People across the world are facing unprecedented times. The novel coronavirus Covid-19 has been designated as a pandemic by the World Health Organisation. We all are affected, whether directly by the illness (ourselves or someone we know), or by policies and guidance being enacted by the government; or very possibly both.
Psychologists for Social Change’s previous briefing paper on austerity notes five key ways that mental health can be impacted by public policy. We believe these also come into play at times of huge social uncertainty such as during the current pandemic:
1. Being trapped and powerless
It is no understatement to say that the uncertainty around what will happen feels overwhelming at times. High levels of uncertainty can lead to more physiological stress than a known negative outcome. So the sense of powerlessness that many people are feeling in the face of the virus has led to increased levels of anxiety and distress. Some people who have been most detrimentally affected by austerity and cuts will struggle even more.
2. Fear and distrust
It is understandable that there is a very high level of fear for those of us with health conditions or loved ones who are more vulnerable. The UK government has warned that we should expect loved ones tol die, and death rates are mounting around the world each day. There is also heightened fear around how the NHS and other services will cope. This has been exacerbated by many years of cuts to health services, and a social care system which remains woefully underfunded even without the context of the current Covid-19 crisis. With beds requisitioned from the private sector, there are still question marks over who will profit from the current crisis. At times like these, distrust of those in power is likely to mount, especially for people who already feel let down by the government. There needs to be scrutiny around the new coronavirus bill to ensure that it does not undermine human rights.
3. Humiliation and shame
As humans we are naturally concerned about our status relative to others. The growing inequality gap across the UK is thought to have increased our risk to ‘social anxiety’ as a nation. This is said to be partly responsible for the breakdown in cohesion across communities and society. As the rich get richer the spread of wealth becomes polarised. This causes greater distancing between groups and a breakdown in ‘bridging relationships’ which support people to access resources beyond their immediate social position.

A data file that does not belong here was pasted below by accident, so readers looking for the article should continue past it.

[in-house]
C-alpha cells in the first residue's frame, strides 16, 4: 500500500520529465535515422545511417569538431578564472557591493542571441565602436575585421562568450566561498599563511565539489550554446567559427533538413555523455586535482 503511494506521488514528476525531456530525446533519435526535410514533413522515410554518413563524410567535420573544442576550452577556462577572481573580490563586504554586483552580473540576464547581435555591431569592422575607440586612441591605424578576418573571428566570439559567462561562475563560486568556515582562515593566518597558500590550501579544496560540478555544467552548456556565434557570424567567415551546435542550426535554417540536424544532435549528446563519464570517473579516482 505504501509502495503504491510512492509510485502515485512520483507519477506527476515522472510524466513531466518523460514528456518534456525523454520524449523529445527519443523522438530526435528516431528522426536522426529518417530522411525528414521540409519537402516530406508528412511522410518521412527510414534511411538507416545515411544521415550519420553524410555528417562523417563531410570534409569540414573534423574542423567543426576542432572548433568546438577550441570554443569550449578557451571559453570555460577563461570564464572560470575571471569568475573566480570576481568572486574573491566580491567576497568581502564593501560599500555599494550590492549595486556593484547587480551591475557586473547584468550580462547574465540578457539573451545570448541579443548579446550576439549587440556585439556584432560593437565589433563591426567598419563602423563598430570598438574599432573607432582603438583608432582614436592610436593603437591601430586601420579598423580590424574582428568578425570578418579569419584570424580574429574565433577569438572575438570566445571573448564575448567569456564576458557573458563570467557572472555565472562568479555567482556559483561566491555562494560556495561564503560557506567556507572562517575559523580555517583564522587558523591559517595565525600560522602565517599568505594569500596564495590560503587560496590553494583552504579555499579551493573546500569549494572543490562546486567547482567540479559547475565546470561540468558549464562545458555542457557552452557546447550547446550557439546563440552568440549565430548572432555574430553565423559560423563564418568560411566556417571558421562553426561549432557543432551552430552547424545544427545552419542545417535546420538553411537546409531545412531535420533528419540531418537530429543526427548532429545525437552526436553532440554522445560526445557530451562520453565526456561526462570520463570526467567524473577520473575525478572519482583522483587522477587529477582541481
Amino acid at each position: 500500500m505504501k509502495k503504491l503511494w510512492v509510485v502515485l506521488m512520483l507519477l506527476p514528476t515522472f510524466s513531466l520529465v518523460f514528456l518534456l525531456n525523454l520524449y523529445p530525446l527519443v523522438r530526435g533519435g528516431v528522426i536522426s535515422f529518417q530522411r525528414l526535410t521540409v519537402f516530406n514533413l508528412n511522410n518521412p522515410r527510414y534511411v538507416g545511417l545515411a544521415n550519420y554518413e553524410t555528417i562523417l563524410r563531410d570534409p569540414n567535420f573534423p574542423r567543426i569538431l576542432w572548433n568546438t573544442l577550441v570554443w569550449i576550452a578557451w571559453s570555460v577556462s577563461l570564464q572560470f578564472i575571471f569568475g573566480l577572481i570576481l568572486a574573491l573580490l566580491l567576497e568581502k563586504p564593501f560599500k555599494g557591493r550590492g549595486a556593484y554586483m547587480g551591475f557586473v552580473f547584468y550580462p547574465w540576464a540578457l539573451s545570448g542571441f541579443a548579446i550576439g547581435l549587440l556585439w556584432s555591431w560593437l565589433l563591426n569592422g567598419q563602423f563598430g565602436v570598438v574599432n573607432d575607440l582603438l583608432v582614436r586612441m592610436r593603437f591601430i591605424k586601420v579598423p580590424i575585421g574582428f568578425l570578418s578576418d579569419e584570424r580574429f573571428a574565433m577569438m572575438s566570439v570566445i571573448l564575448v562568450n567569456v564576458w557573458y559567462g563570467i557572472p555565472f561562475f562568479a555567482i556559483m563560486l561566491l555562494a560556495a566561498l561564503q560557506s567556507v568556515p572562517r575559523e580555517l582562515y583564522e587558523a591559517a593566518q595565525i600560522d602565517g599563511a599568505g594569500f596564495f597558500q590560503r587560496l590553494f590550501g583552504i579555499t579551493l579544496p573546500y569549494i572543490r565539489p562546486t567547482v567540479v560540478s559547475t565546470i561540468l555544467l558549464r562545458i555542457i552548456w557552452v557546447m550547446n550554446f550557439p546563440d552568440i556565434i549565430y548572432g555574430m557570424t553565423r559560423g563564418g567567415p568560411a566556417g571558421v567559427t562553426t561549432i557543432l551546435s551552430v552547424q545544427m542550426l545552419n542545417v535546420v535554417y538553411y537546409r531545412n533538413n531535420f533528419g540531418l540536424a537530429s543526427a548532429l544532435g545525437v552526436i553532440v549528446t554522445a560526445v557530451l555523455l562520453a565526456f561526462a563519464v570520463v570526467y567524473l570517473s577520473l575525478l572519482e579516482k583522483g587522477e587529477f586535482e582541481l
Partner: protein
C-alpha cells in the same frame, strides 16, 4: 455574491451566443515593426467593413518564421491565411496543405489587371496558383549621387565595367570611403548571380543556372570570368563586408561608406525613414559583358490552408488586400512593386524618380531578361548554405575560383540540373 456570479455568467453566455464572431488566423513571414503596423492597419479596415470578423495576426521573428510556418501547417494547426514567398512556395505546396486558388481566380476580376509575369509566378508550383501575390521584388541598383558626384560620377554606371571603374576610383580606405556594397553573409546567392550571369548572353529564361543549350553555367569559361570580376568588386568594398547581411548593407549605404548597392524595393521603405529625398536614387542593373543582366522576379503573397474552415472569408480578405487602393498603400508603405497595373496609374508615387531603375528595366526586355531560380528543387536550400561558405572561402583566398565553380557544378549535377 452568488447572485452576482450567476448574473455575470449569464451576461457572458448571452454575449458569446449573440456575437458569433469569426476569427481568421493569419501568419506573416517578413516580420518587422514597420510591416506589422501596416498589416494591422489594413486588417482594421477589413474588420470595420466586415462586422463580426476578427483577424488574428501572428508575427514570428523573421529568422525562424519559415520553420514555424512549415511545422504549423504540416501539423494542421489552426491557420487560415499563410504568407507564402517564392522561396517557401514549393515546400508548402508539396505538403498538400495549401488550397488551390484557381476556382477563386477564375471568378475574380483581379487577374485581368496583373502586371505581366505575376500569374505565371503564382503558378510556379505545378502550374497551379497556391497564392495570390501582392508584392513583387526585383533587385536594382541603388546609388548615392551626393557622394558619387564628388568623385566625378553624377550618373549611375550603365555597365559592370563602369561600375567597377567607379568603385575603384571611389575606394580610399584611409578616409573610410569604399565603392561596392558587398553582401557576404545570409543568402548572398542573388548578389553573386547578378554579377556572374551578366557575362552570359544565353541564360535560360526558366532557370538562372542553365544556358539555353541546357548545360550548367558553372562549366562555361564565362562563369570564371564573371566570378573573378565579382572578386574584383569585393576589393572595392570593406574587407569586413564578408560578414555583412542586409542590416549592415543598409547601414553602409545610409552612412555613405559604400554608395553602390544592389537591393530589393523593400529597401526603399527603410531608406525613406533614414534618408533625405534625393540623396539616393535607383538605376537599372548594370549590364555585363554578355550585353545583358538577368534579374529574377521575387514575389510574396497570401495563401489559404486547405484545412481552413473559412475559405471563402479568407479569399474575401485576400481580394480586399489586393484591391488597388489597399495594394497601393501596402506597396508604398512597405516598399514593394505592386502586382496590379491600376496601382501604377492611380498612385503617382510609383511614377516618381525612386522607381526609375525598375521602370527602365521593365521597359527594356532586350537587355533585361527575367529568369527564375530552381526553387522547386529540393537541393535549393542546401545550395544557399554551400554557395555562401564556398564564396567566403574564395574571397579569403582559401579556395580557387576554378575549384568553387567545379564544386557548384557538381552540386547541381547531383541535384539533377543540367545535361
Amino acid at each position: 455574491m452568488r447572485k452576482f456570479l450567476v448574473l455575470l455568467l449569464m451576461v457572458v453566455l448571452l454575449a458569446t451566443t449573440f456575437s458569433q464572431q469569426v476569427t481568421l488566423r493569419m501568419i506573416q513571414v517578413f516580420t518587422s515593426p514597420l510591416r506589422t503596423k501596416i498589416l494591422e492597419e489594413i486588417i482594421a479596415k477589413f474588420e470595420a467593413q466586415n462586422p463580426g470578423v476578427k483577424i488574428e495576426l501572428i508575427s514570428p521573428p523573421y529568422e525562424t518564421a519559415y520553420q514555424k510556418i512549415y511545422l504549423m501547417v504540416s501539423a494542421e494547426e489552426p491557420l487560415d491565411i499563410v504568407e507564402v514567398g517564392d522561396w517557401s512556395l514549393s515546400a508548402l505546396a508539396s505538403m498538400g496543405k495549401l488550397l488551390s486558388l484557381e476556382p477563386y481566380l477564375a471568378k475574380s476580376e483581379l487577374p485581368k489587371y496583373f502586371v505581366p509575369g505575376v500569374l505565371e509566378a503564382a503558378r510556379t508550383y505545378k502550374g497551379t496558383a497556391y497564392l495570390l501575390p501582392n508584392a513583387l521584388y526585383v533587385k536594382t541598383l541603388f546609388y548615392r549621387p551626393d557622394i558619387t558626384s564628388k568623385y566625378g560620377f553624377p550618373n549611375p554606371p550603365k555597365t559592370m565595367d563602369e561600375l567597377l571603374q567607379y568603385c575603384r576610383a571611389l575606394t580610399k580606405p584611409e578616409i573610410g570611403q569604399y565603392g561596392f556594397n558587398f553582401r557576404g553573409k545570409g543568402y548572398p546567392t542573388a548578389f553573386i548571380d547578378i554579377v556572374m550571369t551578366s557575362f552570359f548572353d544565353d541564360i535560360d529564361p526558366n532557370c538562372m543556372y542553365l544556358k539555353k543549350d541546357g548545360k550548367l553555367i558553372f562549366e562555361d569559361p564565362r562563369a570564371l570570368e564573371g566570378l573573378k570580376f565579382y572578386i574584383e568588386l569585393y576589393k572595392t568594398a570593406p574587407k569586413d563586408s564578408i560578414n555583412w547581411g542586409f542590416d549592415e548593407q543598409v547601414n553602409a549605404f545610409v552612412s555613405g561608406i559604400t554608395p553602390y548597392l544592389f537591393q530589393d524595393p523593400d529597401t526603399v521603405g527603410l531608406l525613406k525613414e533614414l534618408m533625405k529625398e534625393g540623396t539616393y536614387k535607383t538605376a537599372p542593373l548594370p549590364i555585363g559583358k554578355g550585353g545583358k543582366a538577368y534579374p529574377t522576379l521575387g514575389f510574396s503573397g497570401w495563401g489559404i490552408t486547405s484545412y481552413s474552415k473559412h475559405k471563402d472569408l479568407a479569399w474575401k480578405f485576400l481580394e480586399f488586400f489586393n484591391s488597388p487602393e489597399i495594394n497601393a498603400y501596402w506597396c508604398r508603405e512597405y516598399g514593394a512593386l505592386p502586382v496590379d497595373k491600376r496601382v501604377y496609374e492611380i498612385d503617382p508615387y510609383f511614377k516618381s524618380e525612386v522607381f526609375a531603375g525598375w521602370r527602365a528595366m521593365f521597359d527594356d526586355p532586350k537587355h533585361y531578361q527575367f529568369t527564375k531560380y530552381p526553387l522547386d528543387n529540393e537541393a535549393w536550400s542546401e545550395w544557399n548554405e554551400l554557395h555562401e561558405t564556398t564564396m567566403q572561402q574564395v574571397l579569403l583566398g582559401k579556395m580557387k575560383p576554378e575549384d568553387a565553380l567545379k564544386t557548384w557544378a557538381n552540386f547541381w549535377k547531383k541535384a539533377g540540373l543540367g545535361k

When under threat like this, our defenses come up, cohesion breaks down and it is easy to blame or stigmatise others. Rising inequality over at least the last decade has eroded our social ties causing division which has contributed to a rise in populist nationalism. Against this backdrop we have already seen a rise in racially aggravated incidents as people come to terms with the virus. The out-of-our-control nature of the unfolding situation can fly in the face of some of our deeply-held values as people who want to help or support others. Sitting with these values whilst feeling powerless may make us feel torn about what to do. We could feel shameful because the right answer isn’t going to always be clear.
The election result could be changed by people shifting their opinions on specific issues, which is why it is worth engaging others on issues you care about. But what if you’re starting from very different positions?
Sinead Peacock-Brennan and Laura McGrath
It feels like this election is taking place in polarised - and impenetrable - bubbles. The Brexit referendum has reorganised British politics, not least through providing powerful new social identity categories of ‘Remainer’ and ‘Leaver’, then forcing people to both pick and defend a side. Despite the EU being conspicuously absent from public priorities in 2015, one fallout from the Brexit vote has been a fracturing of existing political tribes. Speculation abounds over how ‘Labour Leavers’ and ‘Tory Remainers’ could upturn long held safe seats and reshape our political landscape.
Rather than fluidity in politics opening new spaces for dialogue and understanding, our changing political times have instead entrenched division. Moral and emotive language, of treachery and surrender, in a social media landscape, which reinforces our existing views rather than challenging them, has only acted to heighten hostility. Throw into this mix the impact of a decade of funding cuts, the climate emergency, floods, accusations of racism in both Corbyn's Labour and Johnson's Conservatives, and no wonder it can seem harder than ever to listen to, never mind understand, people with different views.
At Psychologists for Social Change, we use psychological research to inform political debate, policy and social action. We have highlighted the damaging impact of austerity on mental health and examined alternatives such as universal basic income or services. We have also critically analysed the ‘happiness’ or ‘wellbeing’ agenda in British politics, as well as considered what better education and children’s mental health services might look like.